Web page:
The man who turned me on to music has finally eroded my five year vigil with the release of the double-disc set, "The Fragile". That man being Trent Reznor, is the musical and creative genious behind Nine Inch Nails' overwhelming success in this decade alone. It seems just yesterday that his first full album, "Pretty Hate Machine" took so many listeners too a new level of alternative/electrica/rock music. With that album, I too was born a fan, not just of Nine Inch Nails, but it opened my eyes to music in an entirely new way. And I haven't since looked back.
"The Fragile" is yet another demonstration of Trent Reznor astounding ability as a producer/ writer/ instrumentalist/ artist. This man does it all. He is able to interweave melodic string lines with guitar riffs, synths and lyrics, while tossing in an edge, loop or instrument that is characteristic of Reznor's ability to seize the next level. He is indeed an artist of an elite class, a breed that is so rare in this industry driven musical world. When artists like Ol Dirty bastard can produce an album in a day, Reznor spent two experimental years trying to give his fans a taste of the elusive next level. He has succeeded once again. This album doesn't eclipse "Pretty Hate Machine", but it falls furlongs from disappointing.
"The Fragile", dubbed "The Decade's Most Anticipated Album" by Alternative Press, was for Reznor a chance to play with his reputation. Instead of perfecting each track, he just let the flow embrace him yielding whatever it might. Indeed, its yield is like that of an apple orchard in an Indian summer – fruitful.
The double disc set takes a twist as its 23 tracks are divided into the Left Disc and Right Disc. The Left Disc permeates of classic Nine Inch Nails style most reminiscent of his "Broken EP". Whereas the Right Disc, like a sunrise, seems to bring forth new light. At the risk of putting my foot in hot water, I felt as though the Right Disc stimulated my hip hop senses, with its more defined beats. It in no way resembles hip hop, at times yields a new feel.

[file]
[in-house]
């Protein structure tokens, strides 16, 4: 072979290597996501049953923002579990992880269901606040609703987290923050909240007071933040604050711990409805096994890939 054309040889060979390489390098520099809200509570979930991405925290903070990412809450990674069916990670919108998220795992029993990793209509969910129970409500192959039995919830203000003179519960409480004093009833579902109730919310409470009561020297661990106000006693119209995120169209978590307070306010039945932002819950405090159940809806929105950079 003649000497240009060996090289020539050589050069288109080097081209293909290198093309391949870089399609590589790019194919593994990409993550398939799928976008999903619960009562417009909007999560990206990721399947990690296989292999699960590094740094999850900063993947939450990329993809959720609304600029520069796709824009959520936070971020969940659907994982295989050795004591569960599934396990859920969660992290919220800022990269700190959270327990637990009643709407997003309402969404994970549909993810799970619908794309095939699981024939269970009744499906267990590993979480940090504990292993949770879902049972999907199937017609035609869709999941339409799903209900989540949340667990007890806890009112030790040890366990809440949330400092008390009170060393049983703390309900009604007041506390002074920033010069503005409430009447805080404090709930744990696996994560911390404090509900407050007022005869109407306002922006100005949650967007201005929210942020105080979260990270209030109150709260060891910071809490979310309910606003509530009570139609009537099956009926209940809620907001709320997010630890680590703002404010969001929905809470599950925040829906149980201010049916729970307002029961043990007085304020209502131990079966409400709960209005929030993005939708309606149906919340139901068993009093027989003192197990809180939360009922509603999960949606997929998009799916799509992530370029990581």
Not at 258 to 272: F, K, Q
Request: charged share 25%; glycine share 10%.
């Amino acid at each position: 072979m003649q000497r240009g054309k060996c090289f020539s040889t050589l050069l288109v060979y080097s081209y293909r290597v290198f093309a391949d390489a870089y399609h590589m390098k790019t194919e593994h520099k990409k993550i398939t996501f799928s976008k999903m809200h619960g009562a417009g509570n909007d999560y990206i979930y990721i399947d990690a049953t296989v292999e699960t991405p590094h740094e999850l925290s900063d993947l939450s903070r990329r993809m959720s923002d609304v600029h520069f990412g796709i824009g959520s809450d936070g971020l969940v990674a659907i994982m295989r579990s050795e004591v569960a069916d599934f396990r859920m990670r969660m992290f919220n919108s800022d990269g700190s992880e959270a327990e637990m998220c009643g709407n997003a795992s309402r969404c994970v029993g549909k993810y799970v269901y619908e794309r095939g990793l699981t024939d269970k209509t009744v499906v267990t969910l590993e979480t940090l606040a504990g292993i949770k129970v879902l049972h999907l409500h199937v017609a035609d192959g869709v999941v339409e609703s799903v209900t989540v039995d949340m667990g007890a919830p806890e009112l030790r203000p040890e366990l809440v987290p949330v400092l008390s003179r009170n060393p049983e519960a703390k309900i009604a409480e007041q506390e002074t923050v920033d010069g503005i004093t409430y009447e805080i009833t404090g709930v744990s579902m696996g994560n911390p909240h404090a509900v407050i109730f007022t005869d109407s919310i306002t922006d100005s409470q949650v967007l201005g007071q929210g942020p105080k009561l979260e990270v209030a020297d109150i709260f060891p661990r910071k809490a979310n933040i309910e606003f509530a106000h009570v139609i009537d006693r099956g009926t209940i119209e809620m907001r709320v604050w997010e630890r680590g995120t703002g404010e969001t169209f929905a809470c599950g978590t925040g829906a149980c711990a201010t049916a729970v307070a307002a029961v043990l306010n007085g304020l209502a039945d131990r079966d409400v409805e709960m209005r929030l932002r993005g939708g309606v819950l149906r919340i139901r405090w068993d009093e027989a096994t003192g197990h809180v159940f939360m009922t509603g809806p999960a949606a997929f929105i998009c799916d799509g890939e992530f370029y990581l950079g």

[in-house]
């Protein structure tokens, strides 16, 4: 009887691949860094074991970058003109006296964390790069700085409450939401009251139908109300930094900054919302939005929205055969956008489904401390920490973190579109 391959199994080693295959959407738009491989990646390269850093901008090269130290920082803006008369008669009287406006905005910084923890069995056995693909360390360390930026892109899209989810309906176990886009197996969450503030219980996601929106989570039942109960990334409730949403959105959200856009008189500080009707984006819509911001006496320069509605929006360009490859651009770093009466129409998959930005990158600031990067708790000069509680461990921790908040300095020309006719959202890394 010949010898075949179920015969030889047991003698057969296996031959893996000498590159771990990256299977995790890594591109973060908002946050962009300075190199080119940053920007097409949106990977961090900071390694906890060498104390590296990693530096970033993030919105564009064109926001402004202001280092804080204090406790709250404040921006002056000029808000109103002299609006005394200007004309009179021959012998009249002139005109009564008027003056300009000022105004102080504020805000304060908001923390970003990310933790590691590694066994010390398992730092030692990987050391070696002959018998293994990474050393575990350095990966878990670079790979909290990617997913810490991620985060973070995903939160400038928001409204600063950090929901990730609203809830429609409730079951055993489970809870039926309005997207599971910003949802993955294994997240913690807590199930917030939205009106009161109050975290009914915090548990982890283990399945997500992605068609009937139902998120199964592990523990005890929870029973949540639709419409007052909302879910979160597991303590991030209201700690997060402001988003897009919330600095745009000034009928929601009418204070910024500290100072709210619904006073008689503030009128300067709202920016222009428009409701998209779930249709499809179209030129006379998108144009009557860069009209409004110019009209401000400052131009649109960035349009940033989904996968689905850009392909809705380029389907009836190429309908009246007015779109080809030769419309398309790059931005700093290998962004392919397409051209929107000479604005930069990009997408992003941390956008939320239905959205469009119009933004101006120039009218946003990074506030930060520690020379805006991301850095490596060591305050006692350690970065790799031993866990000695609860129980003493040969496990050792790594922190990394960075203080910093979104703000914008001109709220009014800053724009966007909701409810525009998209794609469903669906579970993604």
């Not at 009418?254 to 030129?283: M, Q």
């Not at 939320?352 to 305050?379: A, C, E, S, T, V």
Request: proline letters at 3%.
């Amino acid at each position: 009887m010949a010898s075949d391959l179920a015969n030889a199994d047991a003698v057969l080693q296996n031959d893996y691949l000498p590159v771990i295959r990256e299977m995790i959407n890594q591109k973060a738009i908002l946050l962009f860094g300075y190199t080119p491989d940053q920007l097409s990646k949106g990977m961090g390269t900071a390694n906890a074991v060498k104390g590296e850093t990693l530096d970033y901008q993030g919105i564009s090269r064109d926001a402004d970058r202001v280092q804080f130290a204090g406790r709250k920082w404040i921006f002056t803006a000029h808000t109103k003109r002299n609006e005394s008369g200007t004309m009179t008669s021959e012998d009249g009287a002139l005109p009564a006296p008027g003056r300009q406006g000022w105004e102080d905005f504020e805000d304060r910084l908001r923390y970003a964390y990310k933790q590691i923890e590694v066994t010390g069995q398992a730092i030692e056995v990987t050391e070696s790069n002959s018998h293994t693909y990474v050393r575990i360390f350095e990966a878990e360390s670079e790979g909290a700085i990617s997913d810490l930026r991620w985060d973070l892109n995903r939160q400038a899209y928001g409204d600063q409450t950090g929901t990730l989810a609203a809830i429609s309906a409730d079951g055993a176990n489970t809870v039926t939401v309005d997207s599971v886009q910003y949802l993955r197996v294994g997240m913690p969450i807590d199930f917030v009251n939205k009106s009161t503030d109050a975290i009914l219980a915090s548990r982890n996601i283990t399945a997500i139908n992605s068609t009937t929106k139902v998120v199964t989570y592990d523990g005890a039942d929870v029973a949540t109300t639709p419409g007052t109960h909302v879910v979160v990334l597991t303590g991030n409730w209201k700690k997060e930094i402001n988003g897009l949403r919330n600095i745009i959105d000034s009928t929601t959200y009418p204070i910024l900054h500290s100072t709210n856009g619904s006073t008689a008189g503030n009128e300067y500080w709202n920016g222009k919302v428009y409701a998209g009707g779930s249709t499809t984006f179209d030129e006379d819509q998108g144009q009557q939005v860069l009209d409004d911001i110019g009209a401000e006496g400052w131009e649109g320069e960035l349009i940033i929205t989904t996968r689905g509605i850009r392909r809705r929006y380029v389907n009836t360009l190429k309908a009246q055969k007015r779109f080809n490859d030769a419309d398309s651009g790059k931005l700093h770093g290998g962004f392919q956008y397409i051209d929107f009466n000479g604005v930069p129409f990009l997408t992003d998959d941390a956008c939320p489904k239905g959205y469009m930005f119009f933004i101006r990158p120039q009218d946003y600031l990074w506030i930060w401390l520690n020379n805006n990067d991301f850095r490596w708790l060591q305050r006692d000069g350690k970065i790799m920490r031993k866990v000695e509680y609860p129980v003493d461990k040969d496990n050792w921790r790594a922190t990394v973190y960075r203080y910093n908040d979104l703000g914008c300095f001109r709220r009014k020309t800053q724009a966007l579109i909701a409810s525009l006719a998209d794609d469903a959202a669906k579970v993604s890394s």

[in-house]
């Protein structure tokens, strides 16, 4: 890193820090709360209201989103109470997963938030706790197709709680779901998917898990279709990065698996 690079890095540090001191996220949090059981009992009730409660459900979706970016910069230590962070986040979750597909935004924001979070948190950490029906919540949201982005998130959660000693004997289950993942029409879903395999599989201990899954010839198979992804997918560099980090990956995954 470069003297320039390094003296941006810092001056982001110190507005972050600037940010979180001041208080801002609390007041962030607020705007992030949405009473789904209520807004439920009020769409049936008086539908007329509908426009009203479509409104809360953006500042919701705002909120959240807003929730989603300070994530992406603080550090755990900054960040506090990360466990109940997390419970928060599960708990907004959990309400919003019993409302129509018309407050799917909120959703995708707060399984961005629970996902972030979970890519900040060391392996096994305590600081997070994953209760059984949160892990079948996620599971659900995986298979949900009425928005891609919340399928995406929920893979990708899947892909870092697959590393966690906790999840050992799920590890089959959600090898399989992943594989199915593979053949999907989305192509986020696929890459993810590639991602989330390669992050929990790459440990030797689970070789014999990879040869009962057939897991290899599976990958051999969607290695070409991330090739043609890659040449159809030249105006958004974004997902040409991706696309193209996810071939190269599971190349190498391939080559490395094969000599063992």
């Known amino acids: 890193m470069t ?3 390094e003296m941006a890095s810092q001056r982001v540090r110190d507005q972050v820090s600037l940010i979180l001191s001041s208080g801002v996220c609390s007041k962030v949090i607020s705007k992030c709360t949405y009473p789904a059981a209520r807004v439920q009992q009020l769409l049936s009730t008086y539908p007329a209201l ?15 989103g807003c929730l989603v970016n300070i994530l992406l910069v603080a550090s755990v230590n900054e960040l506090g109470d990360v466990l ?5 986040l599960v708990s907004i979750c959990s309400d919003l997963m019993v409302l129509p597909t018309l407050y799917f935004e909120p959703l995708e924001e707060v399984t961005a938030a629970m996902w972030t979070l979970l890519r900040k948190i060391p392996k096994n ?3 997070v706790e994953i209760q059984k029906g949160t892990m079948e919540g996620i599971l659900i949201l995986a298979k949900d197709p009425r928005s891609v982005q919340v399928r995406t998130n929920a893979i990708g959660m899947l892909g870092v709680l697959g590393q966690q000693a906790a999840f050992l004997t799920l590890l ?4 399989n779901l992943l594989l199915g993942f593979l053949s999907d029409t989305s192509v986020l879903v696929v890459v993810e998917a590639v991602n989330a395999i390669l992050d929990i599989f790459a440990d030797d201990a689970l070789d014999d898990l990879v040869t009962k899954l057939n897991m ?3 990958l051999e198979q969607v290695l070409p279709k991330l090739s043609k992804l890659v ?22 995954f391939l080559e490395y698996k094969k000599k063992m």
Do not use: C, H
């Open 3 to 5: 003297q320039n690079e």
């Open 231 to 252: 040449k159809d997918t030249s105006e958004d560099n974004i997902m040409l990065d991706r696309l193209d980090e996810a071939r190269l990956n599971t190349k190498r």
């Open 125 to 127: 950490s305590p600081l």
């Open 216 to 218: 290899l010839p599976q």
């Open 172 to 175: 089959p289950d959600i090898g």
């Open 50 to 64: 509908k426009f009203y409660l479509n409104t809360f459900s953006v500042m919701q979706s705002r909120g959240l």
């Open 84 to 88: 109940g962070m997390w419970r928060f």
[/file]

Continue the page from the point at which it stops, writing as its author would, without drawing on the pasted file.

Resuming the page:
"Starf***ers" is amazing. A great beat with vocal rippling leading up to the in your face, guitar ridden heavy metallish chorus. It's bound to get your head bobbing. "Underneath It All" has a background that sounds like a message from outer space, leading up to a crechendo, but stops abruptly ending with an eerie vocal distortion. "Where Is Everybody" was the first song that I skipped back to take a second listen. A deep bass-synch combo, a catchy chorus of classic Nine Inch Nails proportions, then an oriental-type sound returns combined with deep bass. The album's first single, "We're In This Together", features a slow-laid back beat that culminates in an up-pace string-laden chorus. This single will satiate the long wait of NIN's fans' for a video. "Somewhat Damaged" places a steady beat with the every 9th beat replaced by anticipation. This anticipation ultimately leads up to musical stretch that I look forward to everytime I take a listen. Take a listen, you'll recognize it. Vocal overdamping also plays a great effect, giving virtual surround sound.
"The Fragile" is an amazing double album. As always, Trent Reznor is able to produce something special. This album is just yet another artifact in the career of this legend-in-the-making. If you're a Nine Inch Nails fan and enjoy his prior work, then I'll assume you already have this album. If not, then get it. If you have yet to experience Trent Reznor's group known as Nine Inch Nails, and if you enjoy alternative or metal, then you really might want to give "The Fragile" a try. This album is awful close to a 5 for any Nine Inch Nails fan, but for the sake of the others:
(Originally posted on HipHopCanada.com)
This review was written October 5, 1999